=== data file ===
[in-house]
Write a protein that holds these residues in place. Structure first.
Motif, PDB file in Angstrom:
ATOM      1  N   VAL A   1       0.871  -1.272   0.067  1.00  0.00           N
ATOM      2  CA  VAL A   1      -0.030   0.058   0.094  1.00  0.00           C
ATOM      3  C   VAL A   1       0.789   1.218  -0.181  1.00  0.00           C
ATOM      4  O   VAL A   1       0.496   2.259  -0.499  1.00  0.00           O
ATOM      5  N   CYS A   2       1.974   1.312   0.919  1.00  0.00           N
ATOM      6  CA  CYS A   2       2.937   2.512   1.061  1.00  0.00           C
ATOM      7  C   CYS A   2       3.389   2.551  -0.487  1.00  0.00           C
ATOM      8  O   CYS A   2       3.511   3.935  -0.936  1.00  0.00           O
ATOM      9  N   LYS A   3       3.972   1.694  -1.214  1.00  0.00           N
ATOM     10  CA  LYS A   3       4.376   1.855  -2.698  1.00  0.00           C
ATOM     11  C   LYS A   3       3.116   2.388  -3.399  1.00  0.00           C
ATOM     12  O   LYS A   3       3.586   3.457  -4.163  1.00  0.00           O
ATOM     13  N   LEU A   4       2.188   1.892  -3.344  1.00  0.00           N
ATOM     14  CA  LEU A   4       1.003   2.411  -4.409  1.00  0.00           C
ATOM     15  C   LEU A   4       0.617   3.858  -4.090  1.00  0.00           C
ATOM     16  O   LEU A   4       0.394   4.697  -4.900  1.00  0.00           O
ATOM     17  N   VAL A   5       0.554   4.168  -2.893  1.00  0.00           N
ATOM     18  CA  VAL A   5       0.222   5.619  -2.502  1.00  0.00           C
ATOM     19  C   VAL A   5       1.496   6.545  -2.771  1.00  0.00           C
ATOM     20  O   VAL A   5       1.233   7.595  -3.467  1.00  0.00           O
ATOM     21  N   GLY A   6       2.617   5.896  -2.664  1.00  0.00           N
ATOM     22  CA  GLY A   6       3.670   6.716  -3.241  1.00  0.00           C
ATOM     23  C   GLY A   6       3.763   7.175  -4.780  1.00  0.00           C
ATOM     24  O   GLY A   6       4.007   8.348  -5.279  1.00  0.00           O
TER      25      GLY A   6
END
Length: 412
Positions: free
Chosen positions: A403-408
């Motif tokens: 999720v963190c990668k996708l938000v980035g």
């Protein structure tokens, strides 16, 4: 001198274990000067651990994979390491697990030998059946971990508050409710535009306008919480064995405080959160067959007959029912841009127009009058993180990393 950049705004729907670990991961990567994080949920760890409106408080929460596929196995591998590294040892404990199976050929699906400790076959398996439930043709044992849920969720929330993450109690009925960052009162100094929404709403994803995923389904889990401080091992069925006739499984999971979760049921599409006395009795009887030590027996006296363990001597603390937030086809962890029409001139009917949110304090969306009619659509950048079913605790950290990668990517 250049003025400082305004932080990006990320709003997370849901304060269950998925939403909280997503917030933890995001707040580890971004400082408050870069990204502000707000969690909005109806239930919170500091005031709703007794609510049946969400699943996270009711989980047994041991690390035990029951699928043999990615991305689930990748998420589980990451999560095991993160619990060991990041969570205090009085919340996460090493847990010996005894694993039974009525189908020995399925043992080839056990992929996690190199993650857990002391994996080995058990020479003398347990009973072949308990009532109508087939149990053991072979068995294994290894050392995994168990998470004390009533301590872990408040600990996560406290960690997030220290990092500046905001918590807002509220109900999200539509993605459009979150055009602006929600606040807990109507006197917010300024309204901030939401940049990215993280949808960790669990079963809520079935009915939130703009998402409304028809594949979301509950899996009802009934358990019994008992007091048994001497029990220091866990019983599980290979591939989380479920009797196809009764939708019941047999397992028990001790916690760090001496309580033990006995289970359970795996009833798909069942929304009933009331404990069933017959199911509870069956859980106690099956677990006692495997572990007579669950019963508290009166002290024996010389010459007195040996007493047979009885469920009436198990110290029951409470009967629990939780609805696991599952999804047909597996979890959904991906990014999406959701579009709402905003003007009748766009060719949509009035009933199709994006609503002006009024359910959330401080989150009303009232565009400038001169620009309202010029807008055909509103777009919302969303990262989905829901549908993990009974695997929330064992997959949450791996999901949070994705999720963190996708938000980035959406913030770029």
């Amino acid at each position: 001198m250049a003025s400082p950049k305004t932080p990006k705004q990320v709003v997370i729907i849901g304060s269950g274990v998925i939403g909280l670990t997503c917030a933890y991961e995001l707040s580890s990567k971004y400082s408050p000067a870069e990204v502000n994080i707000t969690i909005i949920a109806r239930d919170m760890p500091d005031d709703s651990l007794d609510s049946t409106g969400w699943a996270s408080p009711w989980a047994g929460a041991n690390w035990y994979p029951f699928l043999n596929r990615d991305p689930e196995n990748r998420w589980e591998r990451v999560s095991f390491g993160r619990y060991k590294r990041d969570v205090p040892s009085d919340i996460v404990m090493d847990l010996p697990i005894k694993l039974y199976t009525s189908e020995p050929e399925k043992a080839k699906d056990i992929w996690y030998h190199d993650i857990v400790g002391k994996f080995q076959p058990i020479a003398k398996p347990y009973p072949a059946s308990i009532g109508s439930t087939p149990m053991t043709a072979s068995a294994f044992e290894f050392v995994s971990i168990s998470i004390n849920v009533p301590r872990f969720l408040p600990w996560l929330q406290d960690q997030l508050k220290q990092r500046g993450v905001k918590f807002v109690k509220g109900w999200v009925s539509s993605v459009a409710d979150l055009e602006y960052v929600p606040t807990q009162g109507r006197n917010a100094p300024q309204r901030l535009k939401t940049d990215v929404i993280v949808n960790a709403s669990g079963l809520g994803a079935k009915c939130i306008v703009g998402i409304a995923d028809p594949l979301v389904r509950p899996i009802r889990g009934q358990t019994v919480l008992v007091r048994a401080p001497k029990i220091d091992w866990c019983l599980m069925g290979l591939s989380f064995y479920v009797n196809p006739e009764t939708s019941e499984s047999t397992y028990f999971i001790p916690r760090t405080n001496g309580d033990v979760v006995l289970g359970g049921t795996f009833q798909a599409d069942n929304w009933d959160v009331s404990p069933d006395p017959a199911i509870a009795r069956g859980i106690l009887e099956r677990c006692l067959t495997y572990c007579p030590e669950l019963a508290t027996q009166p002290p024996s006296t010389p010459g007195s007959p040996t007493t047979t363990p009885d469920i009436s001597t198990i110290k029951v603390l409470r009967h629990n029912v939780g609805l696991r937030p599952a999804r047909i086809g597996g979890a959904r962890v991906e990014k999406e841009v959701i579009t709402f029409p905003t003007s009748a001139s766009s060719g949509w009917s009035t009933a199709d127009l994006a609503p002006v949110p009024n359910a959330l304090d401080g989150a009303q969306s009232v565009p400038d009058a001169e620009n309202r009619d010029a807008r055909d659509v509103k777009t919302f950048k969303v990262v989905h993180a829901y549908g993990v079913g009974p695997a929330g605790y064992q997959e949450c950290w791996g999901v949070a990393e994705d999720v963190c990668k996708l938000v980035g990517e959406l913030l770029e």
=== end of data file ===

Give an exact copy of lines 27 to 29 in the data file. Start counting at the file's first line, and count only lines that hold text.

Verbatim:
ATOM     24  O   GLY A   6       4.007   8.348  -5.279  1.00  0.00           O
TER      25      GLY A   6
END